So in the case of games, would games that innovate, and bring something new to the table for that particular genre be considered art while the games that perpetuate those innovative concepts presented are instead more like crafts? Or maybe it's more like all games are crafts, because they are manufactured, and a few games can be considered as art depending on how innovative they are and what emotional responses are provided to whoever plays them? Damn, that sounds confusing.  Perhaps we should look at the dictionary definition for more insight. ( I took the liberty of highlighting all the relevant definitions in blue. ) 

  • Skill in doing or making something, as in the arts; proficiency. See Synonyms at art1   
  •  Skill in evasion or deception; guile. 
  •      a. An occupation or trade requiring manual dexterity or skilled artistry.
  •      b. The membership of such an occupation or trade; guild.
  •  pl. craft A boat, ship, or aircraft.
  • tr.v. craft·ed, craft·ing, crafts 
  • To make by hand.
  • To make or construct (something) in a manner suggesting great care or ingenuity: "It was not the Chamber of Commerce that crafted the public policies that have resulted in a $26 billion annual subvention to the farmers" (William F. Buckley, Jr.)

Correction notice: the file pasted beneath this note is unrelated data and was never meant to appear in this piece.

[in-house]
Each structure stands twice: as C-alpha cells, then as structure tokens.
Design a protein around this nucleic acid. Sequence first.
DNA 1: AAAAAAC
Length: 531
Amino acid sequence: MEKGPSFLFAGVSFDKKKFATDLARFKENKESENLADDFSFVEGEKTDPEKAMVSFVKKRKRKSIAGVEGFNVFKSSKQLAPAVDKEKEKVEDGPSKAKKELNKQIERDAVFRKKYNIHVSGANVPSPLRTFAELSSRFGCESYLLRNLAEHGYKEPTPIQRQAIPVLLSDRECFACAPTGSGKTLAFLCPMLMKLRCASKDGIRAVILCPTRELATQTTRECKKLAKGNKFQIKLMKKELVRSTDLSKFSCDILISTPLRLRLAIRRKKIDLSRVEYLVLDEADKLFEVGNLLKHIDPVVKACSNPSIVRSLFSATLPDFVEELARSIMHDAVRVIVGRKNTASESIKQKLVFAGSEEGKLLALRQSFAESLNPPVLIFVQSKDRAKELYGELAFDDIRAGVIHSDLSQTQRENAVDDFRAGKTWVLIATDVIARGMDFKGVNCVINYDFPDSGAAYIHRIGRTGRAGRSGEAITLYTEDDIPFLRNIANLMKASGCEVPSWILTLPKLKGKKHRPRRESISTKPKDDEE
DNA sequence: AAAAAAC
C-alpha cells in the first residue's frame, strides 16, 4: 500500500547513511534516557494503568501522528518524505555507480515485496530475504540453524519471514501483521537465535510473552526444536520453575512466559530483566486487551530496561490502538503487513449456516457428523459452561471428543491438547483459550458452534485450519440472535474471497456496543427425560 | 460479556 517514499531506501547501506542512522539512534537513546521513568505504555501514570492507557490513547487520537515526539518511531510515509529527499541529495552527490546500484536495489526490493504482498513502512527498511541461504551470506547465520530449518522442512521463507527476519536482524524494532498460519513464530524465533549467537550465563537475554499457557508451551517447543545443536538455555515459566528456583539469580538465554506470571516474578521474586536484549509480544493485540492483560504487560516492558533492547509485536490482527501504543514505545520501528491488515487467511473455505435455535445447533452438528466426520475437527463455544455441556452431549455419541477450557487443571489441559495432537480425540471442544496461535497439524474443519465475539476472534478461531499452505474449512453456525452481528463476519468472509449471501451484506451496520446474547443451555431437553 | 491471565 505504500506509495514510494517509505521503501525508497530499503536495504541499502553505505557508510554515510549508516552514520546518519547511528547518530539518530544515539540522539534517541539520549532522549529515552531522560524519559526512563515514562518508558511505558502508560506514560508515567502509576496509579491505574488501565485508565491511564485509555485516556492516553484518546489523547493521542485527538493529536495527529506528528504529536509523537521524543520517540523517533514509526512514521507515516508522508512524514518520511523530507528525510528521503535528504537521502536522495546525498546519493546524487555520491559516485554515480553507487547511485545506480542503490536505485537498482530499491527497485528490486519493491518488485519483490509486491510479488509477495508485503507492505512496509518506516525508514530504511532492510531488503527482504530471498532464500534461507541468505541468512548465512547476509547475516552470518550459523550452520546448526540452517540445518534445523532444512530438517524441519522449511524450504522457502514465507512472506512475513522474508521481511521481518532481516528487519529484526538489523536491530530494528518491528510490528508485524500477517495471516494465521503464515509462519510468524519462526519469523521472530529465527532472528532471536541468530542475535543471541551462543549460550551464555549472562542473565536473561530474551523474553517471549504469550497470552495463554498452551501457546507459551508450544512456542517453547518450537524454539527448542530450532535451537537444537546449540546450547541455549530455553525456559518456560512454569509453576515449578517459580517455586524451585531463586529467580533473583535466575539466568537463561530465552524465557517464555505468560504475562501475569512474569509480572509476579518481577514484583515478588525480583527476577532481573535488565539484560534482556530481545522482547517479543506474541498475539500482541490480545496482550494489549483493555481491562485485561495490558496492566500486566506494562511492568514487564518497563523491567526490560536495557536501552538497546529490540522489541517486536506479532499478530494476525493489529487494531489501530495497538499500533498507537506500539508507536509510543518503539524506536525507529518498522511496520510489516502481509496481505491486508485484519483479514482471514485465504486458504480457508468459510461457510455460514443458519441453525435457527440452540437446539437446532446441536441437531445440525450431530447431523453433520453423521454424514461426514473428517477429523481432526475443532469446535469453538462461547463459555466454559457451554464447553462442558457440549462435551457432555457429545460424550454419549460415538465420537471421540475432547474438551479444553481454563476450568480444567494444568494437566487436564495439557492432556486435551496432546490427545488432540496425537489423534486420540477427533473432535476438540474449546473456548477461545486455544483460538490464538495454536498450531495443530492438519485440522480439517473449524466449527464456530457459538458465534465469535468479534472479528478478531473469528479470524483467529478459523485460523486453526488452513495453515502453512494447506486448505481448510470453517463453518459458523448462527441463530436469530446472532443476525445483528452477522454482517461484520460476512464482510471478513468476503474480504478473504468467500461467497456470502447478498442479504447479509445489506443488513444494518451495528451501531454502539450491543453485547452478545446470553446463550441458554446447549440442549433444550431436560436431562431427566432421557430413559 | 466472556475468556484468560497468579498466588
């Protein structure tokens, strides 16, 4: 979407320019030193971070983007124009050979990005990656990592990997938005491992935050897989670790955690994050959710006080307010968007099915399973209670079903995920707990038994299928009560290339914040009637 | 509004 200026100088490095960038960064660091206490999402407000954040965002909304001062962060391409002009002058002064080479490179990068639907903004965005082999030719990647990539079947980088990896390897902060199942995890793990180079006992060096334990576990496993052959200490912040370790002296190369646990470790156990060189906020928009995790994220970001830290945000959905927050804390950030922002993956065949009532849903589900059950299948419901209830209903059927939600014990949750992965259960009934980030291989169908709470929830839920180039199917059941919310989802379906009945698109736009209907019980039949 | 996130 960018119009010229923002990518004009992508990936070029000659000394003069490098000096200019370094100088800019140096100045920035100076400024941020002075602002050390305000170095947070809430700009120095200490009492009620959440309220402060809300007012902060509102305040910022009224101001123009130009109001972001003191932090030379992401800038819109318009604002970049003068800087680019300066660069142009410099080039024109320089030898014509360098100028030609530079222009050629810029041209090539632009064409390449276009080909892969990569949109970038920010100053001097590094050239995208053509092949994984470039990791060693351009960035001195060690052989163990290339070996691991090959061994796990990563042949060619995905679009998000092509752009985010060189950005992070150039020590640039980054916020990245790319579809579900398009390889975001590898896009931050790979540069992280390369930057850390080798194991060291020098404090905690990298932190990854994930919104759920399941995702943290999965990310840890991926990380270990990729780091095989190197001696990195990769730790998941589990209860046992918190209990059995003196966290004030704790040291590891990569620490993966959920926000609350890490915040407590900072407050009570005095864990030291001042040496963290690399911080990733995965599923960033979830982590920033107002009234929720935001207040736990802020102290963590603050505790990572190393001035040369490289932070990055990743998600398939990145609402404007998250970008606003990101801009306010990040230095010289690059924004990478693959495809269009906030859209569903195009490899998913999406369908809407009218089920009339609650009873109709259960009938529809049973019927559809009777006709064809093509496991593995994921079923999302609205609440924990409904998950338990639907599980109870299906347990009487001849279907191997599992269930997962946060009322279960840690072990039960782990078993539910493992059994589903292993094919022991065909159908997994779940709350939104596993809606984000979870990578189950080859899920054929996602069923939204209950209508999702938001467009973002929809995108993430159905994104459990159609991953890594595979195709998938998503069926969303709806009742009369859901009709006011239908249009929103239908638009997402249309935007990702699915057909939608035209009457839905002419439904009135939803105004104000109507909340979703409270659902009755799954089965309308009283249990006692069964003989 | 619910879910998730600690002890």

The only thing that sets art apart from crafts in that aspect are the notion of both innovation and inspiration. Any average joe can throw together something, but it takes a hint of inspiration to basically push a person to go a different route and create something that is innovative; meaning it presents the same ideas that the artist wants to convey, but presents it in a way that's fresh and unique. So what does this mean for games? well apparently it doesn't mean that every game on the shelf is a masterpiece. Only a few games could possibly fit that description, just like only a few movies could fit the description of art well, unless you want to argue the artistic value of White Chicks.


    So are games art? Does that question even need an answer? Art is subjective, meaning like the song by Everclear, it's everything to everyone. However, In the opinion of the writer, which is me, I feel that some games can be artistic endeavors in the thoughts they convey and ideas they present, but the thing is we can't just look at beautiful graphics and say "yup this is art". Art is so much more than just the aesthetic. To view things only on the surface like that would be the same as saying that music is just "pretty noises". There's a deeper context that needs to be explored when talking about these things, otherwise we're just throwing labels on any and everything in an effort to seek validation for a medium that already stands on it's own due to it's unique and dynamic nature. Games can be art or movies, but games are much more than that.